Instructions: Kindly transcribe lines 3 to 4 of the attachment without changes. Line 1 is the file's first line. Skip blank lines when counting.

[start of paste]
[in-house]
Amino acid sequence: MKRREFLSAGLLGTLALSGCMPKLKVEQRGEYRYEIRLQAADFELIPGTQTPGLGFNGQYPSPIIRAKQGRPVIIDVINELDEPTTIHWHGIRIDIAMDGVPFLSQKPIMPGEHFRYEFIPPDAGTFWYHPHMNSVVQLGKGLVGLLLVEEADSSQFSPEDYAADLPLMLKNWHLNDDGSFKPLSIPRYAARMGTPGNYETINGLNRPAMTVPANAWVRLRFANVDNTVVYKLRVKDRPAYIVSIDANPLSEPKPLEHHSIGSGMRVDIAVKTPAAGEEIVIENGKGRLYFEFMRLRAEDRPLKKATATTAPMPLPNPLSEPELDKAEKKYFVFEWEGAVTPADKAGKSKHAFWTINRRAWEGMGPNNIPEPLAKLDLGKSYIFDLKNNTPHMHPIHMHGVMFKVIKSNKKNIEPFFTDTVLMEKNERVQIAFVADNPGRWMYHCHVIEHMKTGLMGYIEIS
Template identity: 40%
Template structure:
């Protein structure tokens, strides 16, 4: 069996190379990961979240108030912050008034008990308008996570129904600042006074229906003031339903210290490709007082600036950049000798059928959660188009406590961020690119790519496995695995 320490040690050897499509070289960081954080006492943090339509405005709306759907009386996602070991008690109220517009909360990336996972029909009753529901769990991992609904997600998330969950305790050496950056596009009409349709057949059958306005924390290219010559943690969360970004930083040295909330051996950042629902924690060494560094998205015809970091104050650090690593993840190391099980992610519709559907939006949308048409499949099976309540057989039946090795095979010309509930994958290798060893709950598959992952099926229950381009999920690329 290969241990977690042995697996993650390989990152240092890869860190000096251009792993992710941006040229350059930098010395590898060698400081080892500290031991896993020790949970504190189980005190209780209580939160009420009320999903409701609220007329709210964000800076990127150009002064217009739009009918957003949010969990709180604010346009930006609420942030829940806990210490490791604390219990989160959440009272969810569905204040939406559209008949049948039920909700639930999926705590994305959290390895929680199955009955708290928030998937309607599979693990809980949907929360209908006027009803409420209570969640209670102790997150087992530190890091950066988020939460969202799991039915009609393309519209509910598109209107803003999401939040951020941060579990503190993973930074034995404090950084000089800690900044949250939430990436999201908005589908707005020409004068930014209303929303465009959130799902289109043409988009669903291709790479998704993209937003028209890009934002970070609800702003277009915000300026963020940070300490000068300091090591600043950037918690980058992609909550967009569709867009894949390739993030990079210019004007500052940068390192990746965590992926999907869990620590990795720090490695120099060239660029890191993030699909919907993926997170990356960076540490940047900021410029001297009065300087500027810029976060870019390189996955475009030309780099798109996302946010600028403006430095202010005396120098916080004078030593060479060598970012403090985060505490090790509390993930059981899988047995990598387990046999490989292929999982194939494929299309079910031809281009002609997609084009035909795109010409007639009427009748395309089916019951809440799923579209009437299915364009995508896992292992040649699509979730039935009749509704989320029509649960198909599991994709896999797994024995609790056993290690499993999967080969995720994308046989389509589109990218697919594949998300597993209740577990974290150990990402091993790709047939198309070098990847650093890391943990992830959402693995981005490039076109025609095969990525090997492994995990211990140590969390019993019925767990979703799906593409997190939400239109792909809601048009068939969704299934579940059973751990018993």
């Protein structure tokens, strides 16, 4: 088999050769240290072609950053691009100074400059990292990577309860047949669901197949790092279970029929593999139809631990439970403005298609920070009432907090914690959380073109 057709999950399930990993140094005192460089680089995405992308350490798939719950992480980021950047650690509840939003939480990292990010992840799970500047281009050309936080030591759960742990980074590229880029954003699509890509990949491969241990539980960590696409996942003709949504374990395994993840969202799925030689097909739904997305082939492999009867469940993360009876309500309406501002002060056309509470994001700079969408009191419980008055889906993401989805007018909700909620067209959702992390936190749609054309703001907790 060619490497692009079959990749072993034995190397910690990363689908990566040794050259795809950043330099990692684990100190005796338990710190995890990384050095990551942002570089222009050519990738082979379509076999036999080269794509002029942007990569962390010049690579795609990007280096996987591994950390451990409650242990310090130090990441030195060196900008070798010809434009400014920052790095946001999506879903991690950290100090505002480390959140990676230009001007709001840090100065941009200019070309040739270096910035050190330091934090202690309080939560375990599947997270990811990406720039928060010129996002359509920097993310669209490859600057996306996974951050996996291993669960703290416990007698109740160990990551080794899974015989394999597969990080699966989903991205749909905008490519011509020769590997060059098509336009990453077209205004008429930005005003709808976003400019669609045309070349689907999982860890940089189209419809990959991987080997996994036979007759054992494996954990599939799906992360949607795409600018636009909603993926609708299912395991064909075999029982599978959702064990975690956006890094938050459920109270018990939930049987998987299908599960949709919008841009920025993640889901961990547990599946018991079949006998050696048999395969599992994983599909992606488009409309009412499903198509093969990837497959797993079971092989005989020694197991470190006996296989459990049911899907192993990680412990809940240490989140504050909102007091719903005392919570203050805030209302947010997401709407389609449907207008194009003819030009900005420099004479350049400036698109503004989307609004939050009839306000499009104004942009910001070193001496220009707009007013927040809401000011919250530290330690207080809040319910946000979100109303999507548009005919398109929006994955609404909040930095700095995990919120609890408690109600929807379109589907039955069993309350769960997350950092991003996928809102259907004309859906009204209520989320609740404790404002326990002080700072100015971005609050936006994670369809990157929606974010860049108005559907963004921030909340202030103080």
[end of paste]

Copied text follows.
Template identity: 40%
Template structure: